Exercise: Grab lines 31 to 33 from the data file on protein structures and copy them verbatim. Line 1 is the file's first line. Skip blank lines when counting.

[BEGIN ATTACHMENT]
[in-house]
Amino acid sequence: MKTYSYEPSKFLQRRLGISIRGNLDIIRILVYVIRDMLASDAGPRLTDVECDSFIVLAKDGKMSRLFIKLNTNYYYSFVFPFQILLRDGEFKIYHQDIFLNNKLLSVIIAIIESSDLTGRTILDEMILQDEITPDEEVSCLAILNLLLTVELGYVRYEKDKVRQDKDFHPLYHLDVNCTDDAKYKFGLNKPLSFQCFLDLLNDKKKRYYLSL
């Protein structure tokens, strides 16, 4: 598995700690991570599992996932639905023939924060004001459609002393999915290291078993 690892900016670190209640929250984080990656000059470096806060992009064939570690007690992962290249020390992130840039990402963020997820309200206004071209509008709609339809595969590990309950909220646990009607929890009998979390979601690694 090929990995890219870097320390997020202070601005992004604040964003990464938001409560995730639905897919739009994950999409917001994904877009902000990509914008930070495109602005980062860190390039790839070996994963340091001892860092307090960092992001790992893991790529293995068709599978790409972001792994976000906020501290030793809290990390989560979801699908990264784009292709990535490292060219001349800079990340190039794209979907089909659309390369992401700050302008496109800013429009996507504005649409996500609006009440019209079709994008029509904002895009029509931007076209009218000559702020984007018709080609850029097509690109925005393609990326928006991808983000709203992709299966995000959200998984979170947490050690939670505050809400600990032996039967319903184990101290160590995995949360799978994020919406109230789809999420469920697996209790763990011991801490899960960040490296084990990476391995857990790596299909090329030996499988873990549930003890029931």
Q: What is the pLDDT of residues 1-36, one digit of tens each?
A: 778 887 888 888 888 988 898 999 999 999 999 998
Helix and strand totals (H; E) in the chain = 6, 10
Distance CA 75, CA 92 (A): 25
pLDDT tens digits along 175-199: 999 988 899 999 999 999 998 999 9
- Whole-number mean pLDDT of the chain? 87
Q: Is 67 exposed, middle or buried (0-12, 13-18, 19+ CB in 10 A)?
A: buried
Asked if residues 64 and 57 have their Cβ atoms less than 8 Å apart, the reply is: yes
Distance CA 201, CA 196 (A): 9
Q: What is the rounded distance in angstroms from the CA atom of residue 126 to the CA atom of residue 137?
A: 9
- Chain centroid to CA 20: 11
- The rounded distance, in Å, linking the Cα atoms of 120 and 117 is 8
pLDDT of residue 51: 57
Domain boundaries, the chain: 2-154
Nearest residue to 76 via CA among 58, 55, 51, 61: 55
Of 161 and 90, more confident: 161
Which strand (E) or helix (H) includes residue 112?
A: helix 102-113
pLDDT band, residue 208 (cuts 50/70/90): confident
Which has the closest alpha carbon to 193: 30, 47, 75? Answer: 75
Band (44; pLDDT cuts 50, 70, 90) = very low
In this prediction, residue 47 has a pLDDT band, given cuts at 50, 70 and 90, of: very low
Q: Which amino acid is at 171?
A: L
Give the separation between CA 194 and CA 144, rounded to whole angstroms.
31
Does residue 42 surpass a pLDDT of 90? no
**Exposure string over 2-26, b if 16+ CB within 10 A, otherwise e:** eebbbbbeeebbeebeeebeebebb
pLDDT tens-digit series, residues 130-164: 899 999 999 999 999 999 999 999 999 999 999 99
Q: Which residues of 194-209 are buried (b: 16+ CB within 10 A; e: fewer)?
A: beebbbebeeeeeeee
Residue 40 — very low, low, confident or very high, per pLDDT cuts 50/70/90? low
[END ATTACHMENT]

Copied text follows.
31
Does residue 42 surpass a pLDDT of 90? no
**Exposure string over 2-26, b if 16+ CB within 10 A, otherwise e:** eebbbbbeeebbeebeeebeebebb